Malaysian Anti-Corruption Commission (MACC) chief commissioner Abu Kassim Mohamed today clarified that he was not pressured to resign.
“There was no pressure because this was my own request and I have stated many times previously – I will not resign due to pressure,” he said in a press conference held at the MACC headquarters today.
Abu Kassim also said that he decided to resign when an opportunity came for him to contribute at an international level.
“It’s an opportunity which I simply cannot reject. It’s a golden opportunity that will help both me and the MACC,” he added.
The commission in a statement earlier said that this is the third time Abu Kassim had requested to cut short his contract, which is due to end on Dec 4, 2018.
"This is the third time he applied (to cut short his contract) after accepting the offer from the International Anti-Corruption Academy (IACA) to be a visiting fellow at the world's first anti-corruption university," said the anti-graft body.
Malaysiakini earlier quoted sources familiar with the matter claiming that Abu Kassim could have been pressured by the Prime Minister's Office to vacate his post, while deputy chief commissioner Mohd Shukri Abdull is also said to be retiring next month.
Abu Kassim's last day will be on Aug 1, 2016.
MACC said Abu Kassim will also serve on the board of directors for the anti-graft university in Austria and act as lecturer, researcher and consultant at Universiti Teknologi Mara (UiTM).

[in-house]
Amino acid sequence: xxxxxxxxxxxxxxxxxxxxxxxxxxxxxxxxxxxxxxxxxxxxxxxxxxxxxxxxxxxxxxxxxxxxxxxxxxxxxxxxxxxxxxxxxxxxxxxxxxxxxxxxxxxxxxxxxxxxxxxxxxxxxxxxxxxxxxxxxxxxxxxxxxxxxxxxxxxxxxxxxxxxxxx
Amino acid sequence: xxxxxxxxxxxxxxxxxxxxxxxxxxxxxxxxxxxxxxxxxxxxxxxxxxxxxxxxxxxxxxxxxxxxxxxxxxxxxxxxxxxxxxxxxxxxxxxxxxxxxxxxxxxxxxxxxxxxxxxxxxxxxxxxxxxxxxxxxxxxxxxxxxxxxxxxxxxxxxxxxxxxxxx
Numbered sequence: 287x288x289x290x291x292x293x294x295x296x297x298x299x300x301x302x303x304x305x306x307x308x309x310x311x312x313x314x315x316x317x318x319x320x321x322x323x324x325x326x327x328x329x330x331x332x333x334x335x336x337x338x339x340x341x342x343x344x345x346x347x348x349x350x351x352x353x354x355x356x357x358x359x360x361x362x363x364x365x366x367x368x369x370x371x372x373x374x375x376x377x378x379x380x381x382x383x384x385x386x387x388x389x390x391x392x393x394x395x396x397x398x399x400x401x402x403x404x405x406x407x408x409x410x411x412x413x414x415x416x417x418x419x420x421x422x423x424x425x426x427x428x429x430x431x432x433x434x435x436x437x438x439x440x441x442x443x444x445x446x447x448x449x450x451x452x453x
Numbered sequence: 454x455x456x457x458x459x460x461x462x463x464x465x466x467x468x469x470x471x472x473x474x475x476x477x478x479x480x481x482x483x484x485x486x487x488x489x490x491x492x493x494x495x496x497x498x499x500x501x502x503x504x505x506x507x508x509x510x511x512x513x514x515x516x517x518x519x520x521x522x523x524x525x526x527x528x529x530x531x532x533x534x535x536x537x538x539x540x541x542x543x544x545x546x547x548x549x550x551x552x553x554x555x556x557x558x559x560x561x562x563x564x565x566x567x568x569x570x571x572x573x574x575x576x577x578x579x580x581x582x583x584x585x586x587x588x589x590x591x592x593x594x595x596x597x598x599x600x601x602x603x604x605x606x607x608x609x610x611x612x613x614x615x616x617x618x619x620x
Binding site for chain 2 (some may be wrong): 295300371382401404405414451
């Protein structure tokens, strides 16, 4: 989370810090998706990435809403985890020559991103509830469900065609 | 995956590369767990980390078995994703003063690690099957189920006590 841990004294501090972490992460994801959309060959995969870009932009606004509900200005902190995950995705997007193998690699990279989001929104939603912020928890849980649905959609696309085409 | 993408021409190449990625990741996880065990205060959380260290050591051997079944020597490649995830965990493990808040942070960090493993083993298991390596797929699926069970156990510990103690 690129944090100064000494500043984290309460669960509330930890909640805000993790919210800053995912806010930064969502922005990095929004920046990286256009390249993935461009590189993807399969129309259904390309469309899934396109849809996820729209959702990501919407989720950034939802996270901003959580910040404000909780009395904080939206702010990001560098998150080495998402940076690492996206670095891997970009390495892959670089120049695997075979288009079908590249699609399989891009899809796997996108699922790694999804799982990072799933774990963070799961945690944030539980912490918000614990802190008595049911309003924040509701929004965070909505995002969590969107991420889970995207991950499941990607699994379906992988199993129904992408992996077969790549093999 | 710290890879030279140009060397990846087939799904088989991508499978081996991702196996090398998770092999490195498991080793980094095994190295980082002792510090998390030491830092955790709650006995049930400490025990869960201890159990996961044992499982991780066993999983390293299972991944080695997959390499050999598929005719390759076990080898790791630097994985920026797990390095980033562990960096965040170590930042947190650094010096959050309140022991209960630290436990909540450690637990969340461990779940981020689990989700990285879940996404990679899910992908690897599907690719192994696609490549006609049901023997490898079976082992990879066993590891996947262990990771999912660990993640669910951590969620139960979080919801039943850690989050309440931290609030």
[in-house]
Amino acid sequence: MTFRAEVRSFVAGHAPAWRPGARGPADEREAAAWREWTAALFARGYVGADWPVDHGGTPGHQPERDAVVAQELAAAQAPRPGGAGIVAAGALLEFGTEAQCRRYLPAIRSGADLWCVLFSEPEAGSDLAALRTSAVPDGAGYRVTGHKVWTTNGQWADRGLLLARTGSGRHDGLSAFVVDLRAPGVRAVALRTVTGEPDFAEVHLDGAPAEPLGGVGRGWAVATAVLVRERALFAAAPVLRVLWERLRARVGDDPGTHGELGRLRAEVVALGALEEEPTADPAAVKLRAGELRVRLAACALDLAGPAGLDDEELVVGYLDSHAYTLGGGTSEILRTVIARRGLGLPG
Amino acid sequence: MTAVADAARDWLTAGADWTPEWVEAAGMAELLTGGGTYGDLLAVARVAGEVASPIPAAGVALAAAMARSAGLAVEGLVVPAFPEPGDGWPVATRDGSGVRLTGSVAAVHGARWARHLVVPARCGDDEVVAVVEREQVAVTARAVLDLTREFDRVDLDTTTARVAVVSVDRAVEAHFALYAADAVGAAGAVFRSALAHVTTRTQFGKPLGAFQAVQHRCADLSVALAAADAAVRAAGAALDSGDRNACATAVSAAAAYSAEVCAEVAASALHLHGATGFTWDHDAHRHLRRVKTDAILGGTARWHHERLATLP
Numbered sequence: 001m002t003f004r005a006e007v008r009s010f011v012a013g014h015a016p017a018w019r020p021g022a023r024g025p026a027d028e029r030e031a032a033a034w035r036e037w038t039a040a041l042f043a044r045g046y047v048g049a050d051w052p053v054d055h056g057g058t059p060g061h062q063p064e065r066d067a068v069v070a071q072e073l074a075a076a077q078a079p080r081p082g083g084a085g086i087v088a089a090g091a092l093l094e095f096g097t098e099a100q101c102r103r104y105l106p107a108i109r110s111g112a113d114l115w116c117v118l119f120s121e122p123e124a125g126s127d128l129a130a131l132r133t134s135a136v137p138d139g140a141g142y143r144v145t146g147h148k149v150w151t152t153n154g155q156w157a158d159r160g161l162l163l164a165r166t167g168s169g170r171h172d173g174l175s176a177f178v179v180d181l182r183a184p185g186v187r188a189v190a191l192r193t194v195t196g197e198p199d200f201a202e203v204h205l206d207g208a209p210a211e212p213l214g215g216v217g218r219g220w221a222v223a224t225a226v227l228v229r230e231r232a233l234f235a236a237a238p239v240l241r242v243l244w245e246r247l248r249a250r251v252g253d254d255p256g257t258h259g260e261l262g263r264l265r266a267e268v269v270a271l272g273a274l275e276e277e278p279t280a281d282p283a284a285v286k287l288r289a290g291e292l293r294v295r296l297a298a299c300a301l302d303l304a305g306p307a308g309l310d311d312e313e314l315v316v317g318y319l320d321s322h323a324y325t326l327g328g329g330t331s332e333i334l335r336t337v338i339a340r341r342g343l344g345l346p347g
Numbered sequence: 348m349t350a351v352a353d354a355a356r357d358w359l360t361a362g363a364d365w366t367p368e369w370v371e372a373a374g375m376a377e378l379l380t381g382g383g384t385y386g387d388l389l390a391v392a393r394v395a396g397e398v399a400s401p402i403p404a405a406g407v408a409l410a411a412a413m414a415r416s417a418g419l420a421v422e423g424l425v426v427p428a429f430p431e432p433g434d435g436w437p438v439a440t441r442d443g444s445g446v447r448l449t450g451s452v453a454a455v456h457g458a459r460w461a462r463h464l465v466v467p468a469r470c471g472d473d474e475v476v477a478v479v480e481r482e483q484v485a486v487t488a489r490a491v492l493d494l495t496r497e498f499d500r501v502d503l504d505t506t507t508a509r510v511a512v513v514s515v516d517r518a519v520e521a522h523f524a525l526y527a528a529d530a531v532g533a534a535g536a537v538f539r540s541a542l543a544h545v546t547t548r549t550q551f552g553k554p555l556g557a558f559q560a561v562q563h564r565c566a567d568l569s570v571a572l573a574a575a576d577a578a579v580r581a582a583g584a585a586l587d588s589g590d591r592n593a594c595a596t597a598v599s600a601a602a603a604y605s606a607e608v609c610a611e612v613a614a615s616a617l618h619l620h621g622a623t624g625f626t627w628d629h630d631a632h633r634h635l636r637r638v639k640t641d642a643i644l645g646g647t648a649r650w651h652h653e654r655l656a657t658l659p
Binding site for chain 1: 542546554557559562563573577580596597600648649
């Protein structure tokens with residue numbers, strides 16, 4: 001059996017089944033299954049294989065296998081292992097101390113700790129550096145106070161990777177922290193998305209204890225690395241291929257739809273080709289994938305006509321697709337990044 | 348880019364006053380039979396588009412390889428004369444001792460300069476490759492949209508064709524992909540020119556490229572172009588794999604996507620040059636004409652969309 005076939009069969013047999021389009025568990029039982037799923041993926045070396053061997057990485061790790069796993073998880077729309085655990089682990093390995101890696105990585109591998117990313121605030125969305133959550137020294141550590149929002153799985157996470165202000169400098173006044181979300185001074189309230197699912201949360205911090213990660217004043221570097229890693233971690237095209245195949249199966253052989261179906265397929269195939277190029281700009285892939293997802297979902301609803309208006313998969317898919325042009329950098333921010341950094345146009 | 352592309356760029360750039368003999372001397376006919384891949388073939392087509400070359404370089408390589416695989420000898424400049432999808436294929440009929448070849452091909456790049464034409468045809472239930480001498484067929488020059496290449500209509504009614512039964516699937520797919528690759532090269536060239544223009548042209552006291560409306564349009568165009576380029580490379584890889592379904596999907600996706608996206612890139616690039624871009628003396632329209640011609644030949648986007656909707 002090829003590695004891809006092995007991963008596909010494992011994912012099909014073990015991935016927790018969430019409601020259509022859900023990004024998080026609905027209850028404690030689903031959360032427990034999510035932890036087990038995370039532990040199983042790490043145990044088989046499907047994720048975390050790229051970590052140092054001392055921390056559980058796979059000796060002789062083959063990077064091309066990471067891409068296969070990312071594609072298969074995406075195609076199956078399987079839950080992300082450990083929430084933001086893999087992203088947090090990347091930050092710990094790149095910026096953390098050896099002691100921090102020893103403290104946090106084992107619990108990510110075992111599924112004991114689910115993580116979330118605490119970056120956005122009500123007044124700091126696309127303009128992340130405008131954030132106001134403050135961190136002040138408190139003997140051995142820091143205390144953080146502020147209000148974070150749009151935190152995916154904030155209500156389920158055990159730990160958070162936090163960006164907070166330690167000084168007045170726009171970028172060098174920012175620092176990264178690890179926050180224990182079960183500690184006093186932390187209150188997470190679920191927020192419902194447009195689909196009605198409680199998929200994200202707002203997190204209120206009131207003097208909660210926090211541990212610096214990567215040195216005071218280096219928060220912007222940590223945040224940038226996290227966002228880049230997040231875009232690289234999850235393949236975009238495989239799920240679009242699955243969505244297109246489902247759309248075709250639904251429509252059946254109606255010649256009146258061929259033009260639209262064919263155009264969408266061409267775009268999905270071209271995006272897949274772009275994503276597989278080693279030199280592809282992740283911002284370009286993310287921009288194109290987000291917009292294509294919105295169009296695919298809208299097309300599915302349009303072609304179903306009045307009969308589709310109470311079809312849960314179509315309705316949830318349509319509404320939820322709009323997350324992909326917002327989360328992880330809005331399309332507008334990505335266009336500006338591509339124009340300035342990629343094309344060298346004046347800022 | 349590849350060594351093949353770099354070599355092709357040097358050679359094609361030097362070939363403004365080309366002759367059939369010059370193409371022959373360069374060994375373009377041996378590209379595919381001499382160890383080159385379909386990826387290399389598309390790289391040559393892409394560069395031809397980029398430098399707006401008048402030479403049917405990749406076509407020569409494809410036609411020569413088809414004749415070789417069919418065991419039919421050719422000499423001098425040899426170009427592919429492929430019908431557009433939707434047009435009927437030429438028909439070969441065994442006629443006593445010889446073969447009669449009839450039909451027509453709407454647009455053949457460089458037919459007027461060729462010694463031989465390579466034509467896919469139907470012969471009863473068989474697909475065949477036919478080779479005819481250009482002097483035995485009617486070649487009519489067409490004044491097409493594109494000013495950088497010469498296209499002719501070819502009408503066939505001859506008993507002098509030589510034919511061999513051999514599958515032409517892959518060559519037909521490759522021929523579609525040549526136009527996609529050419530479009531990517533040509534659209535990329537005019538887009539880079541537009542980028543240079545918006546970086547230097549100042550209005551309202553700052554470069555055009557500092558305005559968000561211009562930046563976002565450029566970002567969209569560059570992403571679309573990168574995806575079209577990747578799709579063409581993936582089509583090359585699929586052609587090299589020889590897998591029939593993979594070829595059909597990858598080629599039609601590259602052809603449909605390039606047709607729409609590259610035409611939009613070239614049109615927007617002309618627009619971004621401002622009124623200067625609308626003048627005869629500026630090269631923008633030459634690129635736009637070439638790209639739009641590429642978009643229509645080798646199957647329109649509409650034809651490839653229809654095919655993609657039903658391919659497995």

Abu Kassim also thanked the government for approving his application to resign, the MACC said.
Malaysiakini also reported three MACC panels - Operations Review Panel, the Consultation and Corruption Prevention Panel and the Special Committee in the Prevention of Corruption - are left in limbo after falling vacant.
Among those speculated to succeed Abu Kassim is Attorney-General's Chambers senior officer Dzulkefli Ahmad, but attorney-general Mohamed Apandi Ali denied this earlier this year.
Dzulkifli presently heads the National Revenue Recovery Enforcement team, and sources indicate that he had played a role in helping to clear Prime Minister Najib Abdul Razak.
He was also a member of the secretariat in the multi-departmental and agency's investigations into state firms 1MDB and SRC International, replacing Jessica Gurmeet Kaur, who was initially appointed by then attorney-general Abdul Gani Patail and was suddenly terminated.
Najib has denied any wrongdoing in both the 1MDB and SRC scandals.